Remembering the Nuclear Winter: Ukraine Marks a Quarter Century Since Chernobyl
It has been 25 years since reactor 4 at the Chernobyl nuclear power plant exploded in the early morning hours of April 26, 1986. On Tuesday, Ukraine marked the disaster with religious services and memorial gatherings. A day earlier, thousands protested in Germany against nuclear energy.
In Kiev, the bells tolled. The solemn tones pierced the night at 1:23 a.m. in the Ukrainian capital marking exactly a quarter century since reactor No. 4 exploded at the Chernobyl nuclear power plant, sending a radioactive cloud across much of northern Europe and rendering cities and towns near the site uninhabitable.
Several hundred people, many of them widows of workers who died in an attempt to contain the disaster, attended the ceremony. "The world had not known a catastrophe in peaceful times that could be compared to what happened in Chernobyl," said Russian Orthodox Patriarch Kirill, who led the service, held near a monument to workers who died from radiation received as they battled the radioactive fire on that April day in 1986.
"It's hard to say how this catastrophe would have ended if it hadn't been for the people, including those whose names we have just remembered in prayer," he said.
The church service in Kiev marked the beginning of a long day of remembrance on Tuesday -- one which will include anti-nuclear power protests in Russia and elsewhere as well as a visit to the exclusion zone surrounding the Chernobyl reactor by Russian President Dmitry Medvedev and Ukrainian President Viktor Yanukovych. Greenpeace also got into the act early Tuesday morning by projecting a skull and anti-nuclear slogans onto the side of the concrete containment shell which currently entombs the remains of reactor 4.
An Eye on Fukushima
In Germany, where an anti-nuclear debate has been raging in recent weeks, tens of thousands of protesters took to the streets on Monday to demonstrate against atomic energy. Several thousand people gathered near several reactors in the country, demanding that nuclear power be phased out in the country. Organizers claim that over 120,000 people participated in the marches.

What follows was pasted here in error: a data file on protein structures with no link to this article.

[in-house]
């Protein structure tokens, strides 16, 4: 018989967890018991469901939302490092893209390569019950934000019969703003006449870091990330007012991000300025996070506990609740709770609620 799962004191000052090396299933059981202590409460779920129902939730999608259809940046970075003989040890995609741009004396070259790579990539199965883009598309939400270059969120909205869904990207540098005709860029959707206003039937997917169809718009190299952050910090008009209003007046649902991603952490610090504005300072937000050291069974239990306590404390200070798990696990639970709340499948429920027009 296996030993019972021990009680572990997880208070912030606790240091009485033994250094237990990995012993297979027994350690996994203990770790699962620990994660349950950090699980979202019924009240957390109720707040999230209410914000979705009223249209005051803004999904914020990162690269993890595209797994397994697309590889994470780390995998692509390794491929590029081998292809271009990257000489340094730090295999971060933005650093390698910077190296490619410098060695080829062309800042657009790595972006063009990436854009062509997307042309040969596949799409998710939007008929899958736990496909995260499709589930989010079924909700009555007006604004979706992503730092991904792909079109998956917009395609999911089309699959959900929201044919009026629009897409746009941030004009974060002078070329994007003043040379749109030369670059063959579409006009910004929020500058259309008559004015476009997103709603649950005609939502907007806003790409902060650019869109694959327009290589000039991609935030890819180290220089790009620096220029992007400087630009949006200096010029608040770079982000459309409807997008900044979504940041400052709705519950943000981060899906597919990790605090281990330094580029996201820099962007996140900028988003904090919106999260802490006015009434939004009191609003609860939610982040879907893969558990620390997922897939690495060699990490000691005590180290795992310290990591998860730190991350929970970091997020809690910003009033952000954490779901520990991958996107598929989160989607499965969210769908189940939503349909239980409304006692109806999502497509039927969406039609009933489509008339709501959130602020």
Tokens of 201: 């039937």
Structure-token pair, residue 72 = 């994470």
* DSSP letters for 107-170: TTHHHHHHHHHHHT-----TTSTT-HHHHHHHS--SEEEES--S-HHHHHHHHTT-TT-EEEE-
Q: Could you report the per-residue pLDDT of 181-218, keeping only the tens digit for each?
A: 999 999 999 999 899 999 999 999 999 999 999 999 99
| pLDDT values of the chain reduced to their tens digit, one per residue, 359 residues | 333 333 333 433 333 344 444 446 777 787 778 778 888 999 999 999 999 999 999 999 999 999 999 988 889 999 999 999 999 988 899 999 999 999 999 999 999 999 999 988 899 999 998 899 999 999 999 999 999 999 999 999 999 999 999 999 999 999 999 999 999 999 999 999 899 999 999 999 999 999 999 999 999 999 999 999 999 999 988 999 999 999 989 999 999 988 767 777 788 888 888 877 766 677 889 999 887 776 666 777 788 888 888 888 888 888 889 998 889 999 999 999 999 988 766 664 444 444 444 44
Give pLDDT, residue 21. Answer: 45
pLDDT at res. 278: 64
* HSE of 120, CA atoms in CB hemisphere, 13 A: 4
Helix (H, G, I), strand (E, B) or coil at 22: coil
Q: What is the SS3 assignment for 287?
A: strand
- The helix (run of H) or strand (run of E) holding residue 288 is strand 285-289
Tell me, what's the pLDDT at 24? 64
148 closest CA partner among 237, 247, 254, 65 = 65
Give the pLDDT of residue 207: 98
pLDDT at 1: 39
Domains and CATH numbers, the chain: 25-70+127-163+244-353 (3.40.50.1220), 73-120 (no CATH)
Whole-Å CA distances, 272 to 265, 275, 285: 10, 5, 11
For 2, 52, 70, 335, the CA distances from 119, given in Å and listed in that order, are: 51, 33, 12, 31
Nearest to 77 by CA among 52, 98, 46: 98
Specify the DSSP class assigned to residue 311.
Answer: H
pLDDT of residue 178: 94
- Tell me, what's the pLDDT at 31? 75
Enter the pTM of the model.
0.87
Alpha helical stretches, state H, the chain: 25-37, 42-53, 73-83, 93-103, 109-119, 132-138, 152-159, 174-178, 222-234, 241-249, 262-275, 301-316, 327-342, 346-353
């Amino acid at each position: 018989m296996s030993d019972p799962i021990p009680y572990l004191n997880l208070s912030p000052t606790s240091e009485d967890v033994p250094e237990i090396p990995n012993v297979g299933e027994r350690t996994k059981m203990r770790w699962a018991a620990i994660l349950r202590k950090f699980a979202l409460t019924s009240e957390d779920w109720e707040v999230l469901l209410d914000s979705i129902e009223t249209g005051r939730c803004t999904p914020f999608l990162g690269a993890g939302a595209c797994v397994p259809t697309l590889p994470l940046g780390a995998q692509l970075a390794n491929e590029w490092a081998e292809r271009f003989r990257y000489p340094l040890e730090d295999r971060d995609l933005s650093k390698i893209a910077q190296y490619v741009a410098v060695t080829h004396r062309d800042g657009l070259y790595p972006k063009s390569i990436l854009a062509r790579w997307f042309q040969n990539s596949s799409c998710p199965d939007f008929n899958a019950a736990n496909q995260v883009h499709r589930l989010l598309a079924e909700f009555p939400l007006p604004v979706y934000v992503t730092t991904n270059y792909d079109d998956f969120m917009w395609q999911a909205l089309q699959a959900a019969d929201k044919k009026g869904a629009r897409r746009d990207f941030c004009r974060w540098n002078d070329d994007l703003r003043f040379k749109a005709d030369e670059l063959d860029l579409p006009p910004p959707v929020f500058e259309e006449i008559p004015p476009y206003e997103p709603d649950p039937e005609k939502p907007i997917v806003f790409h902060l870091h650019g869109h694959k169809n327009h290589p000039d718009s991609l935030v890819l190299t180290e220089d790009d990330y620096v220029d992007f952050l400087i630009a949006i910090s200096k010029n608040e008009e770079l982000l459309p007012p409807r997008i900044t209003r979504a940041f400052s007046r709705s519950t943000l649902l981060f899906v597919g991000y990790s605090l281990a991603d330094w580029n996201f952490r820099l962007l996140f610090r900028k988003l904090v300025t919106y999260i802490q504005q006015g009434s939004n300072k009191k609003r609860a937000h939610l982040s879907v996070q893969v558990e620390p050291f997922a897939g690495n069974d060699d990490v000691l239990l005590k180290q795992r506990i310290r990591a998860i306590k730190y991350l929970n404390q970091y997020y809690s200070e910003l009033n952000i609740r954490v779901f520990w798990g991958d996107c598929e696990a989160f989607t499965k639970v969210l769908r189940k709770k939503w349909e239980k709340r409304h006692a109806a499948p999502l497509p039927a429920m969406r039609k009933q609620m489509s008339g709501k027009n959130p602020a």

While the demonstrations on Monday, a holiday in Germany, were timed to coincide with the 25th anniversary of the Chernobyl disaster, much of the focus was also on Fukushima, Japan, where efforts at bringing the nuclear power plant there under control are ongoing. The government of Chancellor Angela Merkel accelerated efforts to phase out nuclear energy in the days following the March 11 earthquake and tsunami which crippled the Fukushima reactor.
Ukraine, meanwhile, renewed calls for international assistance in the construction of a new sarcophagus currently being built to replace the leaky structure now in place (see graphic at top left). A donor conference held last week resulted in 550 million ($780 million) in pledges from the international community to build the new shell. But up to $300 million more is necessary.
"No nation can overcome the consequences of a catastrophe of such a scale by itself," Yanukovych said in a statement released on Tuesday.
More Radiation than Hiroshima
Estimates of the death toll from the Chernobyl disaster vary widely, from a low figure of around 10,000 to a calculation of more than 100,000. The explosion released some 400 times more radiation than did the atomic bomb dropped by the US on Hiroshima in the final days of World War II. Vast areas of land in both Ukraine and Belarus remain contaminated by radioactive elements such as cesium 137 and strontium 90, both of which cause cancer.
Towns and villages within a 30-kilometer radius of reactor 4 were evacuated in the days following the disaster and the exclusion zone remains largely empty of permanent residents. The city of Pripyat, once home to 50,000, is now an empty time-capsule of Soviet industrial architecture -- and, paradoxically, a nature reserve, with elk and wild boar meandering down streets once busy with traffic. Nearby villages have been swallowed up by the encroaching forest.
Radioactivity from the blast remains a problem as far away as southern Germany, where truffles, mushrooms and other vegetation still show elevated levels of radioactive particles. Wild boar, which feed on such delicacies, are likewise often radioactive.
On Monday, Medvedev hosted survivors of the Chernobyl clean-up effort at the Kremlin in Moscow. Many of those in attendance complained about recent cuts to the benefit packages of those who were sickened as a result of their post-disaster efforts.
Medvedev, for his part, focused on criticism at the time that Soviet officials had been slow to notify the world of the full extent of the Chernobyl catastrophe. "I think that our state must learn the lessons from what happened -- from the now distant Chernobyl incident in 1986 and the recent tragedies in Japan," he said. "Perhaps the most important lesson is the need to tell people the truth."
cgh -- with wire reports
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